Lester Harrison

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Banned
Lester Harrison




Classification: Serial killer
Characteristics: Mutilation - Cannibalism
Number of victims: 7
Date of murders: 1951 / 1970 - 1973
Date of birth: 1933
Victims profile: Norman Kimme (fellow prison inmate) / Agnes Lehman / Judith Betteley / Irene Koutros / Lee Wilson / Judith Ott, 28 / Elizabeth Dawson, 28
Method of murder: Beating - Stabbing with knife
Location: Menard/Chicago, Illinois, USA
Status: Found incompetent for trial, 1951. Acquitted as insane in 1978, but confined indefinitely as sexual predator





Logging his first arrest at age 22, in 1945, Harrison drew a term of five to ten years on conviction for a Chicago armed robbery.

While locked up at Menard, he struck and killed another inmate -- convicted murderer Norman Kimme -- in November 1951, earning a stint in the state hospital after he was deemed incompetent for trial. Upon parole, there would be more convictions, eight in all, on various charges including larceny, attempted armed robbery, unlawful use of a weapon, battery, and indecent exposure. Harrison jumped bail twice, and twice more was sent back to state hospitals for diagnosis and treatment.

Found competent for trial on robbery charges in March 1972, Harrison was convicted and sentenced to eighteen months, then released by a judge on the basis of time served during psychiatric evaluations. Through it all, no one suspected Harrison of possible involvement in a string of grisly homicides committed around Grant Park, in downtown Chicago.

Agnes Lehman was the first victim, beaten to death near the park's bandshell on July 10, 1970, her body found the next morning. A shoe recovered at the scene was linked to suspect Wilbur McDonald, arrested twelve days later as he lay unconscious by some railroad tracks, the victim of a mugging. McDonald admitted speaking with Lehman the night of her death, but insisted a black man had rushed from the darkness, assaulting them both and putting McDonald to flight.

Skeptical jurors rejected the story, convicting McDonald of murder, and the court handed down a sentence of 100 to 150 years in prison. Authorities saw no reason to reopen the case on September 5, 1972, when Judith Betteley was beaten to death a few yards from the old murder scene.

Three weeks later, Lester Harrison was charged with assaulting 31-year-old Cozetta Gladys, knocking her down with a brick and dragging her through a Chicago alley. Released on $5,000 bond September 28, he was subsequently found competent for trial, and formally indicted on December 29.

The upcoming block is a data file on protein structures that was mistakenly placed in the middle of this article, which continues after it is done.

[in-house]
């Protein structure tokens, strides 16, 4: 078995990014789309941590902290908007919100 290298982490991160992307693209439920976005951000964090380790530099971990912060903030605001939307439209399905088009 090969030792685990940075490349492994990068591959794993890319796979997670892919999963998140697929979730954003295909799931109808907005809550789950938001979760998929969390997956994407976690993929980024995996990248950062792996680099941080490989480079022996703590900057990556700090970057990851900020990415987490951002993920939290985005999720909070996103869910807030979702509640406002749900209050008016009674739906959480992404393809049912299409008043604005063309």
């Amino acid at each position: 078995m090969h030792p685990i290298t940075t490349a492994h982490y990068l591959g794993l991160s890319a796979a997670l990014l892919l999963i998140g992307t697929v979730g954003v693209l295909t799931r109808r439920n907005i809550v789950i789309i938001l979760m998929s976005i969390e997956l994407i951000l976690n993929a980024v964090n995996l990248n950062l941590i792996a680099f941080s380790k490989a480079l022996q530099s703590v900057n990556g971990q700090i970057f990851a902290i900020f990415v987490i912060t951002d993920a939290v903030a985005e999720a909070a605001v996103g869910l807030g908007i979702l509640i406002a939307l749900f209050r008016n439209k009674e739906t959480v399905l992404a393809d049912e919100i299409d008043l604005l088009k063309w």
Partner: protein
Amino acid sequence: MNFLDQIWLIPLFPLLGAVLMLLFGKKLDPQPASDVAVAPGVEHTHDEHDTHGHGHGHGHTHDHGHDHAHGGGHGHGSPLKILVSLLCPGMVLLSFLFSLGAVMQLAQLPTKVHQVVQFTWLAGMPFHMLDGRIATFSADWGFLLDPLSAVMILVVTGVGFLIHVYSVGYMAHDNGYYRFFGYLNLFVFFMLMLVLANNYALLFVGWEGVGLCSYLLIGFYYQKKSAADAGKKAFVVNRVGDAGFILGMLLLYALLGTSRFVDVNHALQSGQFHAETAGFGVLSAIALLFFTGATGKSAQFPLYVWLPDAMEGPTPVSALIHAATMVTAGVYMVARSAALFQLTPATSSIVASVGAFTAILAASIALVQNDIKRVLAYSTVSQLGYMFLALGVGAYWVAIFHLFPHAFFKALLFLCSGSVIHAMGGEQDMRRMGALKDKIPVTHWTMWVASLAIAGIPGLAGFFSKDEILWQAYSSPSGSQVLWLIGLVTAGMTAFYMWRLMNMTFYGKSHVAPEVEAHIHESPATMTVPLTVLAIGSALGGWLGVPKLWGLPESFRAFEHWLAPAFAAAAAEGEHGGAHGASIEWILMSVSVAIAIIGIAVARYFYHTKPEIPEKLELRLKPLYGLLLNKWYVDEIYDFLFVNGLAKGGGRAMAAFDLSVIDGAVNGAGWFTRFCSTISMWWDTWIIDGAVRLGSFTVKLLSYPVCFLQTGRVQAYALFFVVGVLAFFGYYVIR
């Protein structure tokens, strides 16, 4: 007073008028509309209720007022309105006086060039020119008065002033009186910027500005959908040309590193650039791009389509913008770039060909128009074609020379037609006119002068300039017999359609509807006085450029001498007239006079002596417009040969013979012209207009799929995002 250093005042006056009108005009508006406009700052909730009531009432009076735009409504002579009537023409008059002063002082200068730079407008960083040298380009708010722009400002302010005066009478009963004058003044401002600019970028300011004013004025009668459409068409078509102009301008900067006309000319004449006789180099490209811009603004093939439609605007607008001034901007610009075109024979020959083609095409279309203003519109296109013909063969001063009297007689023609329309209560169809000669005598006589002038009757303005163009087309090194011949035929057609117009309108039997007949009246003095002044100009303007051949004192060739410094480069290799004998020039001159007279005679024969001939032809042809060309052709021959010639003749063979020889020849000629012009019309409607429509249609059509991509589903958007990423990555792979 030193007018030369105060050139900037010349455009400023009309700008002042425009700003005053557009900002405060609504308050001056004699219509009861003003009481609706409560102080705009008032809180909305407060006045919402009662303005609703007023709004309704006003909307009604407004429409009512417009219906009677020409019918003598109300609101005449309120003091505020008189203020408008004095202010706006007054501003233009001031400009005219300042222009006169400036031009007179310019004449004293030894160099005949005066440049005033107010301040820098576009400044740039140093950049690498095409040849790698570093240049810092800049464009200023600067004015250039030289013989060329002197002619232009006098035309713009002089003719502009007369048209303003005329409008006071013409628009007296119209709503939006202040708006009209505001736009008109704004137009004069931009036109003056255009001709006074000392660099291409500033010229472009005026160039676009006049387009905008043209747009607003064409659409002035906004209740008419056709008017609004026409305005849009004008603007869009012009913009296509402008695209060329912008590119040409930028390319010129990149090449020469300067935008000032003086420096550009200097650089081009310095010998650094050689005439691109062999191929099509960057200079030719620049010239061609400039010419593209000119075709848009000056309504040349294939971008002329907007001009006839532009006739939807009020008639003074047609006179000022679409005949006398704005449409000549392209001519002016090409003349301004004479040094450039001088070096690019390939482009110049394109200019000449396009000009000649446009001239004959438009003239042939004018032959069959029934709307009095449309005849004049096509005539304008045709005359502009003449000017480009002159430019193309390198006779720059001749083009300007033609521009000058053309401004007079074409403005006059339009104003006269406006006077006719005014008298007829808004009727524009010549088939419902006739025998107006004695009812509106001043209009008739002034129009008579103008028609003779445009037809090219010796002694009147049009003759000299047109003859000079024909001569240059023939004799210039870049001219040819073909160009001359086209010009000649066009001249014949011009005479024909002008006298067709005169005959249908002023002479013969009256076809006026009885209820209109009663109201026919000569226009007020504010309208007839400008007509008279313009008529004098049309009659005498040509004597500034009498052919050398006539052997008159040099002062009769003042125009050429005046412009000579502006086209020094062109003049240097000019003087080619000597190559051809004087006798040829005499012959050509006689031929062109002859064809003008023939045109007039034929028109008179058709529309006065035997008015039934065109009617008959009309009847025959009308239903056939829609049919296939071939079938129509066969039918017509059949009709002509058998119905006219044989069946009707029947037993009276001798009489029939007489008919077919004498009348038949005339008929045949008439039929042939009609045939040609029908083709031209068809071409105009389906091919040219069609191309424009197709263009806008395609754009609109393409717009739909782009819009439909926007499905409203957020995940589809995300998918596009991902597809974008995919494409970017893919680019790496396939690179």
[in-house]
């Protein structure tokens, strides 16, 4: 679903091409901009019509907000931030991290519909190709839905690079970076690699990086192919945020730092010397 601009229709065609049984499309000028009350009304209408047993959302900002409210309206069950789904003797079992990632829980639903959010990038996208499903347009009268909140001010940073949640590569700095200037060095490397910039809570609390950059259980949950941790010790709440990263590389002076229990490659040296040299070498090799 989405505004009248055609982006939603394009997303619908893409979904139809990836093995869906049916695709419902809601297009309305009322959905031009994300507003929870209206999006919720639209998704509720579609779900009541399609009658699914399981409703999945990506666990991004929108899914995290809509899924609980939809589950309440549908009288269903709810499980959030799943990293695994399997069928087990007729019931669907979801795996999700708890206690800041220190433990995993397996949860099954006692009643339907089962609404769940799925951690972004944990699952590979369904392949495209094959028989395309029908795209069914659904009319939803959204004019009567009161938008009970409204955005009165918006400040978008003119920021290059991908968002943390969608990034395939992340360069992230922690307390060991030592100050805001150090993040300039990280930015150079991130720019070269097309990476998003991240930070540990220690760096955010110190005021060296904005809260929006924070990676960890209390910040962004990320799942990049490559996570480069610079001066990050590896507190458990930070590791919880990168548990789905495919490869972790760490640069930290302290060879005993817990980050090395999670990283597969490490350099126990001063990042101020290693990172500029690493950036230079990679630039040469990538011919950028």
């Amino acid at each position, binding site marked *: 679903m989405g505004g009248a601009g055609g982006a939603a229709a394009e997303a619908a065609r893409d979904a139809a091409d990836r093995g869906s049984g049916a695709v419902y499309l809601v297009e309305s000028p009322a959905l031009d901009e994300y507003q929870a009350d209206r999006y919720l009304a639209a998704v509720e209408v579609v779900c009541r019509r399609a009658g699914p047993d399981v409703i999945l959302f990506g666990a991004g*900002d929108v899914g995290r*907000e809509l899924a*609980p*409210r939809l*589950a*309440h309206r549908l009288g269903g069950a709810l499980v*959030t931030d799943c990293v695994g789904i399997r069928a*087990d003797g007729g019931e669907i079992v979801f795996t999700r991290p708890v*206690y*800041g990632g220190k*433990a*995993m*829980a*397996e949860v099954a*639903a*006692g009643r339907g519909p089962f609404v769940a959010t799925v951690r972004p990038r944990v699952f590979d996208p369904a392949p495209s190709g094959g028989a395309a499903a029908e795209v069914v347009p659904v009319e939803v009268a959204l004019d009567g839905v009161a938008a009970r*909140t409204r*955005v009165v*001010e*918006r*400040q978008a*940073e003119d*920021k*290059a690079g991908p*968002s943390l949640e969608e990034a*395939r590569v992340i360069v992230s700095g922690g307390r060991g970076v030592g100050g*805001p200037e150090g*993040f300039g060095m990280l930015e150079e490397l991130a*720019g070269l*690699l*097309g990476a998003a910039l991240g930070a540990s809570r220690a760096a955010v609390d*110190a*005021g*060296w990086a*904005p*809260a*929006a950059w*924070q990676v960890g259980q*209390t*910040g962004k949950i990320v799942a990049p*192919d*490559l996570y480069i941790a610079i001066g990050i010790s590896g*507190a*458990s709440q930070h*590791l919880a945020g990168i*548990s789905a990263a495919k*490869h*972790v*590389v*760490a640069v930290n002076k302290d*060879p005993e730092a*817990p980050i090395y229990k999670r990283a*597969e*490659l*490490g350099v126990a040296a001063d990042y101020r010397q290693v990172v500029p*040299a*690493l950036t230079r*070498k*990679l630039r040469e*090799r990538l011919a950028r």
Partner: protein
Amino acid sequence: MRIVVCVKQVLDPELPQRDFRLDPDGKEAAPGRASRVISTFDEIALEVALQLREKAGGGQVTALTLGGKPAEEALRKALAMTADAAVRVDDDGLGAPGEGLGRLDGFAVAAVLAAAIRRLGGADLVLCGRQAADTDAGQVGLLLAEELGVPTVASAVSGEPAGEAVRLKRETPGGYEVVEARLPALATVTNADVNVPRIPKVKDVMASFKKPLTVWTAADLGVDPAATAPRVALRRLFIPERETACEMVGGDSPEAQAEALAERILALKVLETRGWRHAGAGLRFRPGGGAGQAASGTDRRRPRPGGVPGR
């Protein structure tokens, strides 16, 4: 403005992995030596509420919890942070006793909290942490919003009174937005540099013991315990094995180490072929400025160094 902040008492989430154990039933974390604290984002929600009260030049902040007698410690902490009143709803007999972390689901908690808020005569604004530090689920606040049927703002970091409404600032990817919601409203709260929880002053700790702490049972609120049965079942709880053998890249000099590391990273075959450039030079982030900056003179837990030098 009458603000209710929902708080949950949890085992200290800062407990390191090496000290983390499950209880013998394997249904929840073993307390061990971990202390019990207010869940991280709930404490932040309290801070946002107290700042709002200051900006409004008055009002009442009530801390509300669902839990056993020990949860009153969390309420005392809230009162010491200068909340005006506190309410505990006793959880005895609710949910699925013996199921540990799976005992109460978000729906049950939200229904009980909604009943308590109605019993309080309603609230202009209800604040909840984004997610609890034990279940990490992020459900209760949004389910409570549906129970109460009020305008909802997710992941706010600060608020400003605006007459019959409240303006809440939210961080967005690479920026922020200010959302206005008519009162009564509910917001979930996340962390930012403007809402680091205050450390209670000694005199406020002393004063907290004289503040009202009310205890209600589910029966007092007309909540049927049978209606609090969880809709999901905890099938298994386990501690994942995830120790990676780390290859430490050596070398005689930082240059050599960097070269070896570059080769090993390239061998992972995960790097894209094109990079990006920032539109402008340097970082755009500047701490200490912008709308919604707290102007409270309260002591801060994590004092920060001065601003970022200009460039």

A judge allowed the meager bail to stand despite his violent record and long history of mental disorders. Harrison's trial was still pending in July 1973, when Irene Koutros was stabbed to death in Grant Park's underground garage.

Three weeks later, on August 3, Lee Wilson was fatally stabbed in the park proper, her assailant pausing to gnaw on the body before he escaped. On August 13, 28-year-old Judith Ott was knifed to death in a park restroom, a black man observed sprinting from the scene of the attack. The victim's husband, David Ott, gave chase and tackled Harrison, unaware that his wife had been murdered nearby. In custody, Harrison confessed to four of the Grant Park murders, staunchly denying a role in the case of Irene Koutros.

Aroused by the thought of female suffering, Harrison derived satisfaction from beating and stabbing his victims, once sampling cannibalism in the case of Lee Wilson. In addition to his confessed crimes, police sought links in the death of 28-year-old Elizabeth Dawson, recovered in August 1972 from a derelict building next door to Harrison's home.

Defense motions and psychiatric examinations delayed Harrison's murder trial until 1978, when he was acquitted on grounds of insanity. Unwilling to set the diagnosed schizophrenic "lust killer" free, prosecutors convened a special hearing to have Harrison declared "sexually dangerous," dusting off a little-used state law to have him confined while he remained a menace to society.

By May 1986, a 62-year-old quadriplegic, Harrison found attorneys to seek his release from state custody. Lawyers described Harrison as "harmless," asserting that he could "hardly" move in his present condition.

The state countered with testimony from guards at Belleville State Hospital, suggesting that Harrison was capable of raising his arms, that he spoke incessantly of sexual activity, and that he was visibly aroused when certain nurses entered his room. As Terry Levin, spokesman for the state attorney's office, told the court, "If Lester Harrison were able to get his hands on any woman that woman would be in danger of being killed. If he could use one leg, he would try to use it to kick somebody to death. If he could use one arm, he would use it to try to beat somebody to death."

The petition seeking Harrison's release was withdrawn on August 11, 1986.


SEX: M RACE: B TYPE: T MOTIVE: Sex./Sad.

MO: Murdered fellow prison inmate, 1951; killed women in/around Grant Park; mutilations included cannibalism

DISPOSITION: Incompetent for trial, 1951; acquitted as insane in 1978, but confined indefinitely as sexual predator
 
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